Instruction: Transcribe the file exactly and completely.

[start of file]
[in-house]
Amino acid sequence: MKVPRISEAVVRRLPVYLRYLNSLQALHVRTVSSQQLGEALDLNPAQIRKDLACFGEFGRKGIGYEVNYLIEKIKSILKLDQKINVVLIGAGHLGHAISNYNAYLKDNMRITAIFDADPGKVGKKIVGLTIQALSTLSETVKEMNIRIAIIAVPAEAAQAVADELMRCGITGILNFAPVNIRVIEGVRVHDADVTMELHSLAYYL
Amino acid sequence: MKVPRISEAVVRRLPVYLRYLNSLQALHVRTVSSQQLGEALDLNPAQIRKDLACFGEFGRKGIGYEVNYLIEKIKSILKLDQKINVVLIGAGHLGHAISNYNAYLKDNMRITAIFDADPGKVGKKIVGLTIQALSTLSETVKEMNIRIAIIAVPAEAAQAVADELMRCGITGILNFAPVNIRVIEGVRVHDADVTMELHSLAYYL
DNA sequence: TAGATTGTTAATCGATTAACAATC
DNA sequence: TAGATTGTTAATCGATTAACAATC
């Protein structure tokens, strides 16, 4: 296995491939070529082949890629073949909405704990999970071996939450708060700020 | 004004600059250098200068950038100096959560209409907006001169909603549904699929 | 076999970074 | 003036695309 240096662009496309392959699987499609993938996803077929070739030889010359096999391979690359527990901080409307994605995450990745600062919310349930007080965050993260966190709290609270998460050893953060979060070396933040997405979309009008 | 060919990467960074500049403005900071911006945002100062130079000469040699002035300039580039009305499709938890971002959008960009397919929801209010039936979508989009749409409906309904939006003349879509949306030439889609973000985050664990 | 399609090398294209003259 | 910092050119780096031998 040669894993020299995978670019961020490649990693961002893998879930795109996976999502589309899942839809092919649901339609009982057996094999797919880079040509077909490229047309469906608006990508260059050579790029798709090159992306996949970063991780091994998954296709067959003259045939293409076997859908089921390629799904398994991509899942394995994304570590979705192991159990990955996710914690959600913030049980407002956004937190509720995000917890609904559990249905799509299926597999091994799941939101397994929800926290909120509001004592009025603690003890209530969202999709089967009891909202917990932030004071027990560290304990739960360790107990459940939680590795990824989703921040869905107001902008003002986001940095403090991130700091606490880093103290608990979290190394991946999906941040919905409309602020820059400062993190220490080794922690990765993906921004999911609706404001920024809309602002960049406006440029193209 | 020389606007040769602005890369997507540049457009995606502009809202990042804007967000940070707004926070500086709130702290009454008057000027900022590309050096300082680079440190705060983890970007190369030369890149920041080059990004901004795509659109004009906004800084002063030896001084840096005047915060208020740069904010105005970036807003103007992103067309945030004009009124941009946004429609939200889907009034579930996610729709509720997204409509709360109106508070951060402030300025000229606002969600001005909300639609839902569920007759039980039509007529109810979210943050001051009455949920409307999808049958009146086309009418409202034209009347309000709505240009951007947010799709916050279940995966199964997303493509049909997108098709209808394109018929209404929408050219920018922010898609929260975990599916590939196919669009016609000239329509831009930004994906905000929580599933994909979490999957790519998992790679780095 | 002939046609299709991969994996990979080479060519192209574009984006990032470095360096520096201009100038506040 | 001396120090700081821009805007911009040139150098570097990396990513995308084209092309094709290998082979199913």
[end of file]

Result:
[in-house]
Amino acid sequence: MKVPRISEAVVRRLPVYLRYLNSLQALHVRTVSSQQLGEALDLNPAQIRKDLACFGEFGRKGIGYEVNYLIEKIKSILKLDQKINVVLIGAGHLGHAISNYNAYLKDNMRITAIFDADPGKVGKKIVGLTIQALSTLSETVKEMNIRIAIIAVPAEAAQAVADELMRCGITGILNFAPVNIRVIEGVRVHDADVTMELHSLAYYL
Amino acid sequence: MKVPRISEAVVRRLPVYLRYLNSLQALHVRTVSSQQLGEALDLNPAQIRKDLACFGEFGRKGIGYEVNYLIEKIKSILKLDQKINVVLIGAGHLGHAISNYNAYLKDNMRITAIFDADPGKVGKKIVGLTIQALSTLSETVKEMNIRIAIIAVPAEAAQAVADELMRCGITGILNFAPVNIRVIEGVRVHDADVTMELHSLAYYL
DNA sequence: TAGATTGTTAATCGATTAACAATC
DNA sequence: TAGATTGTTAATCGATTAACAATC
């Protein structure tokens, strides 16, 4: 296995491939070529082949890629073949909405704990999970071996939450708060700020 | 004004600059250098200068950038100096959560209409907006001169909603549904699929 | 076999970074 | 003036695309 240096662009496309392959699987499609993938996803077929070739030889010359096999391979690359527990901080409307994605995450990745600062919310349930007080965050993260966190709290609270998460050893953060979060070396933040997405979309009008 | 060919990467960074500049403005900071911006945002100062130079000469040699002035300039580039009305499709938890971002959008960009397919929801209010039936979508989009749409409906309904939006003349879509949306030439889609973000985050664990 | 399609090398294209003259 | 910092050119780096031998 040669894993020299995978670019961020490649990693961002893998879930795109996976999502589309899942839809092919649901339609009982057996094999797919880079040509077909490229047309469906608006990508260059050579790029798709090159992306996949970063991780091994998954296709067959003259045939293409076997859908089921390629799904398994991509899942394995994304570590979705192991159990990955996710914690959600913030049980407002956004937190509720995000917890609904559990249905799509299926597999091994799941939101397994929800926290909120509001004592009025603690003890209530969202999709089967009891909202917990932030004071027990560290304990739960360790107990459940939680590795990824989703921040869905107001902008003002986001940095403090991130700091606490880093103290608990979290190394991946999906941040919905409309602020820059400062993190220490080794922690990765993906921004999911609706404001920024809309602002960049406006440029193209 | 020389606007040769602005890369997507540049457009995606502009809202990042804007967000940070707004926070500086709130702290009454008057000027900022590309050096300082680079440190705060983890970007190369030369890149920041080059990004901004795509659109004009906004800084002063030896001084840096005047915060208020740069904010105005970036807003103007992103067309945030004009009124941009946004429609939200889907009034579930996610729709509720997204409509709360109106508070951060402030300025000229606002969600001005909300639609839902569920007759039980039509007529109810979210943050001051009455949920409307999808049958009146086309009418409202034209009347309000709505240009951007947010799709916050279940995966199964997303493509049909997108098709209808394109018929209404929408050219920018922010898609929260975990599916590939196919669009016609000239329509831009930004994906905000929580599933994909979490999957790519998992790679780095 | 002939046609299709991969994996990979080479060519192209574009984006990032470095360096520096201009100038506040 | 001396120090700081821009805007911009040139150098570097990396990513995308084209092309094709290998082979199913």